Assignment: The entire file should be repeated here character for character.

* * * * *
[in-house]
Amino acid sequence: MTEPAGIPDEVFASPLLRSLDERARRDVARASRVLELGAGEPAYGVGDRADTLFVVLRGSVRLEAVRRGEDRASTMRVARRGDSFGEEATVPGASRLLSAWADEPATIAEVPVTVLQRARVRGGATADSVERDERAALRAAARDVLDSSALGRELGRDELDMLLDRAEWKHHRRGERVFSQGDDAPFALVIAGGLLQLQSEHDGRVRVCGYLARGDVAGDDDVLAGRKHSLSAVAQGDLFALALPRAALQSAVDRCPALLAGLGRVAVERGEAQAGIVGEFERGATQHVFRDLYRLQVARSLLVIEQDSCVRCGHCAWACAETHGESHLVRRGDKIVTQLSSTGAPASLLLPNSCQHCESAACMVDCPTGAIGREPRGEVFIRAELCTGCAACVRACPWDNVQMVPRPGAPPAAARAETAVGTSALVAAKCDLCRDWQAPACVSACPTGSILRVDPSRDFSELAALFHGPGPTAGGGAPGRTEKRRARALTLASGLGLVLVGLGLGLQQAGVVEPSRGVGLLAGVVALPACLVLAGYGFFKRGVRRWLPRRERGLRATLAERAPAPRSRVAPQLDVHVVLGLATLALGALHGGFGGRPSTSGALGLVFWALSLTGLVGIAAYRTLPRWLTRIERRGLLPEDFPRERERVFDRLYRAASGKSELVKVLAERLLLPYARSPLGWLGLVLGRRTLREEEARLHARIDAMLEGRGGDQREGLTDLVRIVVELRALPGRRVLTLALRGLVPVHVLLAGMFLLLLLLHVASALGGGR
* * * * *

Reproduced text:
[in-house]
Amino acid sequence: MTEPAGIPDEVFASPLLRSLDERARRDVARASRVLELGAGEPAYGVGDRADTLFVVLRGSVRLEAVRRGEDRASTMRVARRGDSFGEEATVPGASRLLSAWADEPATIAEVPVTVLQRARVRGGATADSVERDERAALRAAARDVLDSSALGRELGRDELDMLLDRAEWKHHRRGERVFSQGDDAPFALVIAGGLLQLQSEHDGRVRVCGYLARGDVAGDDDVLAGRKHSLSAVAQGDLFALALPRAALQSAVDRCPALLAGLGRVAVERGEAQAGIVGEFERGATQHVFRDLYRLQVARSLLVIEQDSCVRCGHCAWACAETHGESHLVRRGDKIVTQLSSTGAPASLLLPNSCQHCESAACMVDCPTGAIGREPRGEVFIRAELCTGCAACVRACPWDNVQMVPRPGAPPAAARAETAVGTSALVAAKCDLCRDWQAPACVSACPTGSILRVDPSRDFSELAALFHGPGPTAGGGAPGRTEKRRARALTLASGLGLVLVGLGLGLQQAGVVEPSRGVGLLAGVVALPACLVLAGYGFFKRGVRRWLPRRERGLRATLAERAPAPRSRVAPQLDVHVVLGLATLALGALHGGFGGRPSTSGALGLVFWALSLTGLVGIAAYRTLPRWLTRIERRGLLPEDFPRERERVFDRLYRAASGKSELVKVLAERLLLPYARSPLGWLGLVLGRRTLREEEARLHARIDAMLEGRGGDQREGLTDLVRIVVELRALPGRRVLTLALRGLVPVHVLLAGMFLLLLLLHVASALGGGR